I have thought a lot about this the last few days. We are talking keyswitches, expression maps and negative delay compensation.
For those that do not understand negative delay compensation it’s to be found in Cubase under the volume control in the Inspector. Easily ignored, it’s vital for correct timings of samples. Basically, when samples are recorded, the developer leaves a short gap before the full sound is heard. When a sample is played the gap is the beginning of the playback rather than the sound. This puts out the timing by milleseconds. The exact size of these gaps varies from articulation to arrticulation and developer to developer. Thedelay compensation slider in Cubase is an attempt to compensate for this but…
Getting back to Dorico and Cubase. Many people use Keyswitch instruments. It’s impossible to create the correct delay compensation for keyswitches because the delay is different for each articulation.
The only workaround for this is to have one articulation per track but this is very bad for scoring as the holy grail of one track, per one staff, per instrument is severely breeched. Orchestral Templates are already huge and this multiplies the number of (keyswitch) tracks by a factor of 10.
One might think that one can simply drag the notes back a bit in either Cubase or Dorico and use display quantize to tidy up a score. Firstly this is not good practice, it’s also fiddly and can encounter numerous consequences. in key editors and score editors - its untidy and unsatisfactory.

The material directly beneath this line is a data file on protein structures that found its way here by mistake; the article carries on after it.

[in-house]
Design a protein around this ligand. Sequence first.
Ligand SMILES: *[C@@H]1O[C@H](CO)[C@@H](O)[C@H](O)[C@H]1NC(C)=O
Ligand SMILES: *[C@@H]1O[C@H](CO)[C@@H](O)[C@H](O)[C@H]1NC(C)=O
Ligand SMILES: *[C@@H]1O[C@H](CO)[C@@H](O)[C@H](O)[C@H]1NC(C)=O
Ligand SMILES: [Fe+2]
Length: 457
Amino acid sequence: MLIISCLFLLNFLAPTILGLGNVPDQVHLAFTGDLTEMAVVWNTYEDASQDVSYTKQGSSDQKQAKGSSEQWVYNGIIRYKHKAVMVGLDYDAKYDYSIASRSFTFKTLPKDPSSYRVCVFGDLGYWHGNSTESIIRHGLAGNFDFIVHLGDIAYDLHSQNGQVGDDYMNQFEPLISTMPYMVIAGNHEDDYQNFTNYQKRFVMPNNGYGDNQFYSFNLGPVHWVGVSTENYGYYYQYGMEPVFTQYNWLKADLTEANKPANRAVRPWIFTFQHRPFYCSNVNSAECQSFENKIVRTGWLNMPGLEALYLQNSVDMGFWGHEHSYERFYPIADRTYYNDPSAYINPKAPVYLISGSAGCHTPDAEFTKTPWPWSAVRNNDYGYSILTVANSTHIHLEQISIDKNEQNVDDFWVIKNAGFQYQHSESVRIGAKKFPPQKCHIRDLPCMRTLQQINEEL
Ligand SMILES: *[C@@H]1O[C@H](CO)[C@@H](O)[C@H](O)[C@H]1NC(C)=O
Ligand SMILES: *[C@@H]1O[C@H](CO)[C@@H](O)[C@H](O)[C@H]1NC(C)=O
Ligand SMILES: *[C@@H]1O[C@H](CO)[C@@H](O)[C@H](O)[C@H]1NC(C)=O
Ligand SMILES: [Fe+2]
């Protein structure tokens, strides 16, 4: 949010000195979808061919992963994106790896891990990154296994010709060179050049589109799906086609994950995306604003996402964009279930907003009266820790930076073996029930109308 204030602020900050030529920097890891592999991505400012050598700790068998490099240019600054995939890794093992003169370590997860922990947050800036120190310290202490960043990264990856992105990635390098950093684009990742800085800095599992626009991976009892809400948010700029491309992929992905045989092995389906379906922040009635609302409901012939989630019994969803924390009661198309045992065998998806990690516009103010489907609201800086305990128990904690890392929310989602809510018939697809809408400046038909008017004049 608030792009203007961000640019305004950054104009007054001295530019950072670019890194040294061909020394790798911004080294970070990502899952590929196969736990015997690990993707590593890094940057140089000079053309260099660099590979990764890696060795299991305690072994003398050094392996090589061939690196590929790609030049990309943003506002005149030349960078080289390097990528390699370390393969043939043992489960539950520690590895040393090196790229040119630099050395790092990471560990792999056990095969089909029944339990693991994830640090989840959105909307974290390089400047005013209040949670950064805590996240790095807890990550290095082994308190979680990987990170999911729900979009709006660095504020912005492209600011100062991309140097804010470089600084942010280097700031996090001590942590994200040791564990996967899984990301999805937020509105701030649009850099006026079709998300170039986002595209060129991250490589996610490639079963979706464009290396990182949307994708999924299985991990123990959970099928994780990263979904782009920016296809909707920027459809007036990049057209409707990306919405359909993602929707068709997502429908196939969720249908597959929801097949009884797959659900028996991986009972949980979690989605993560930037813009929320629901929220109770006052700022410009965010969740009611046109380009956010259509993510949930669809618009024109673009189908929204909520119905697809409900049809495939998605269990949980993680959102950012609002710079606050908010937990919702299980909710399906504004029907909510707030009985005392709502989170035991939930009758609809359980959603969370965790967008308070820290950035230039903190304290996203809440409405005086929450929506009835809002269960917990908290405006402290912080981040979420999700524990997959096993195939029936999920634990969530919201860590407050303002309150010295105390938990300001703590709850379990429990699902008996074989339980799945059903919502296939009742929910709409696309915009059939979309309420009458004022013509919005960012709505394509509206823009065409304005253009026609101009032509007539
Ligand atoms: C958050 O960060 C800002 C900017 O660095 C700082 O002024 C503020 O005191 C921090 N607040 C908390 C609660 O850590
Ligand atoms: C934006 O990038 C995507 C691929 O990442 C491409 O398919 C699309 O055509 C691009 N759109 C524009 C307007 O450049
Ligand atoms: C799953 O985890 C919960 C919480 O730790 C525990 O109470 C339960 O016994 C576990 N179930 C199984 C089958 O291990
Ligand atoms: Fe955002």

The Solution is SIMPLE. Steinberg needs to provide a mechanism for providing negative track delay per articulation.
This can be done in various ways. I cannot speak too much for Dorico as I am a Dorico apprentice, but in Cubase, either in the key editor, or in the Expression map editor, provision of delay compensation per articulation would fix this issue. Expression maps are more than ten years without an update, it’s well overdue.
This would be huge for composers and it would be vital for integration between Dorico and Cubase ( which I do accept may not yet be on the horizon). Composers would be able to play back samples in time without the need for proliferation of tracks and the ideal of one track per staff per instrument would be preservable without compromising timing.
I hope Daniel agrees with this and can convey this matter to the development team, it’s really come home to me that these innaccurate timings are frequently unavoidable cvurrently and can be sizable